At some point, our society decided with great certainty that the Earth is a sphere and, consequently, that further consideration is unnecessary and anyone holding an opposing viewpoint is unworthy of debate.

-- Daniel Shelton, re-founder of the Flat Earth Society

(We're looking for good illustrations of motivated uncertainty, insistence that no conclusion can be drawn from overwhelming data. Shelton may not be a good example because he is probably a deliberate troll who does not really believe the Earth is flat. Also, religious examples are excluded, bu... (read more)

0thomblake9yIs this different from the colloquial "But there's still a chance" or "But you can't be sure"?

"One should forgive one's enemies, but not before they are hanged."

--Heinrich Heine; an early, little-known German contribution to the Evil Overlord List.

I should not choose long, hard words just to make other persons think that I know a lot. I should try to make my thoughts clear; if they are clear and right, then other persons can judge my work as it ought to be judged.

-- Guy Steele, Growing a Language (pdf)

every culture in history, in every time and every place, has operated from the assumption that it had it 95% correct and that the other 5% would arrive in five years’ time!

Don't believe it.

Cultures, to the best of my knowledge, differ somewhat significantly with respect to their attitude to moral and ideological progress or decline. It doesn't even seem particularly likely that every culture in history has even had an attitude such that it can be said to be operation with an assumption one way or the other.

Note that equal predictive power on this set of examples can be gained by say US opposition to any system except somewhat free market universal suffrage democracy.

No. I probably don't have enough fingers and toes to count all the dictatorships the US has supported just because they happened to be anti-leftist dictatorships. I think white-rule regimes are the only type of regimes that counts lower in status than "communist" to Americans.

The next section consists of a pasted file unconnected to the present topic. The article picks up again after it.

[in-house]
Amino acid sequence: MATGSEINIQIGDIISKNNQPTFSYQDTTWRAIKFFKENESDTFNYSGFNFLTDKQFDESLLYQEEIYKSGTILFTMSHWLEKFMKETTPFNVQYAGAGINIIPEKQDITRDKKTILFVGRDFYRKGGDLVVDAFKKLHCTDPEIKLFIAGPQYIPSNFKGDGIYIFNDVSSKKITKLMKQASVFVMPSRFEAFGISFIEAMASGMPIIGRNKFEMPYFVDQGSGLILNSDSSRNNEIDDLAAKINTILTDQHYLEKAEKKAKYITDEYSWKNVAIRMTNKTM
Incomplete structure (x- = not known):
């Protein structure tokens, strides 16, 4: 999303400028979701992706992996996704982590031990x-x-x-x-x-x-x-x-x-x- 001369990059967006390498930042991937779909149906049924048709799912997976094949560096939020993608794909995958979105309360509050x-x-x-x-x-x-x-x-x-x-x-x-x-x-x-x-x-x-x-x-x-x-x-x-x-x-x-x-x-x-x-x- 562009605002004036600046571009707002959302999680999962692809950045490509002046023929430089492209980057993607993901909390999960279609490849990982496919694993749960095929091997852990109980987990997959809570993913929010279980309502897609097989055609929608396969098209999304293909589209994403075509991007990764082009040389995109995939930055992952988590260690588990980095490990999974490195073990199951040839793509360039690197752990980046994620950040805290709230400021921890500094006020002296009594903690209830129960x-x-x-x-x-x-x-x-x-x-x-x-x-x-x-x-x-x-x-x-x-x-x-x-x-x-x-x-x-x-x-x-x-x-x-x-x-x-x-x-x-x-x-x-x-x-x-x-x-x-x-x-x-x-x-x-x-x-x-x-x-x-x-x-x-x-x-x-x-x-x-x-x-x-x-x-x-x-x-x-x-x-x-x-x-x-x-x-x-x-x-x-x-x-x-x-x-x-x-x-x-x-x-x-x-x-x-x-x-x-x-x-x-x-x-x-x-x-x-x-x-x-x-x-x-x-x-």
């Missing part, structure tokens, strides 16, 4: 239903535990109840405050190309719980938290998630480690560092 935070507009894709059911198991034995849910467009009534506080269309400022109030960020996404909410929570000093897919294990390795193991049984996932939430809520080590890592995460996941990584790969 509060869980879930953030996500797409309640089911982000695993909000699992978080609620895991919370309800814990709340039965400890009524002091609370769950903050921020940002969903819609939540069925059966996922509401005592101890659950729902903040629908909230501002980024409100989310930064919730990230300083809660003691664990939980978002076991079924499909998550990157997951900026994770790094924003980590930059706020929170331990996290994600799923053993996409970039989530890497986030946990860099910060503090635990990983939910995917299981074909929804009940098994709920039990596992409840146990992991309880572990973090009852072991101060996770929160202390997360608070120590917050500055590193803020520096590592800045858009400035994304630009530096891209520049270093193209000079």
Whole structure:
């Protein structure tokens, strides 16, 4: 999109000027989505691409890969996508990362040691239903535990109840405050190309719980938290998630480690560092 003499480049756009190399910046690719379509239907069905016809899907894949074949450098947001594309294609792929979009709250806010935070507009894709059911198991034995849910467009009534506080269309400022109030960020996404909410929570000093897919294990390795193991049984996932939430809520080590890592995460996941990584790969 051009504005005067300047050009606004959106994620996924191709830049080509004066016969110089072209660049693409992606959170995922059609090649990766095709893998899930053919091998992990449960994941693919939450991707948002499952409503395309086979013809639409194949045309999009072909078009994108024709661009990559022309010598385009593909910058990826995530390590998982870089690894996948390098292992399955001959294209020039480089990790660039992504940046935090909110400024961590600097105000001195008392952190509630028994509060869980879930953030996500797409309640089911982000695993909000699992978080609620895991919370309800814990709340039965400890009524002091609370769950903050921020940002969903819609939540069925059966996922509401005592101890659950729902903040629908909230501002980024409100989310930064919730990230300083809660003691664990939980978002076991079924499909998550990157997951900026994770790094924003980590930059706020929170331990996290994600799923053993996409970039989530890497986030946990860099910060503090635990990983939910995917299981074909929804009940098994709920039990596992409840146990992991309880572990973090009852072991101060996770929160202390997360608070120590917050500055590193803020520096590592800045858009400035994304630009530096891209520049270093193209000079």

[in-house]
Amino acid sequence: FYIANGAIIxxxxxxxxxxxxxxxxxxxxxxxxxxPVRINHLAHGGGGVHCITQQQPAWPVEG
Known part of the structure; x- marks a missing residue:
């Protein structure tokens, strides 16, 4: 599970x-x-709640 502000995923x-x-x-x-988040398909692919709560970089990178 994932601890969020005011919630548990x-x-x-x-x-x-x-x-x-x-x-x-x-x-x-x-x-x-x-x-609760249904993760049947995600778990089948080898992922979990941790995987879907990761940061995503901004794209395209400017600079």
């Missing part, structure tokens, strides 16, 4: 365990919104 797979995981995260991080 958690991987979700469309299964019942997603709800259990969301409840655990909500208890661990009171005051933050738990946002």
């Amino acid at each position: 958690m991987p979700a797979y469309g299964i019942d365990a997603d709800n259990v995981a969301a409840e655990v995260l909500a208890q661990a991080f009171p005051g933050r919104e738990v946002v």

why didn't you then put that as the example for Americans in line with Greeks supporting the Orthodox side?

... (read more)
2[anonymous]9yHeh. Sorry I know its an awful stereotype and I don't want to offend anyone but that's just such an American thing to do or say. Like: "If it wasn't for us you'd all be speaking German!"
8Karmakaiser9yEvery time I hear such discussion a dialogue runs in my head USA: If it wasn't for us that nail would have never been hammered. WORLD: It was a bolt. USA: Doesn't count. Still Hammered It.
2wedrifid9yThat's brilliant. I'll remember that one.
1[anonymous]9yI think we misunderstood each other. I basically dismissed the hypothesis I was considering in the second paragraph with the last sentence of that same paragraph. The question was with regard to
[-][anonymous]9y 4

I can only think of some that politely asked families to send them their daughters.

Reread that phrase with a cynic's mind in the context of a power struggle.

I'm pretty sure that if you had asked me what "national character" means before this thread, I would definitely have included "personality cult around a wacky dictator"!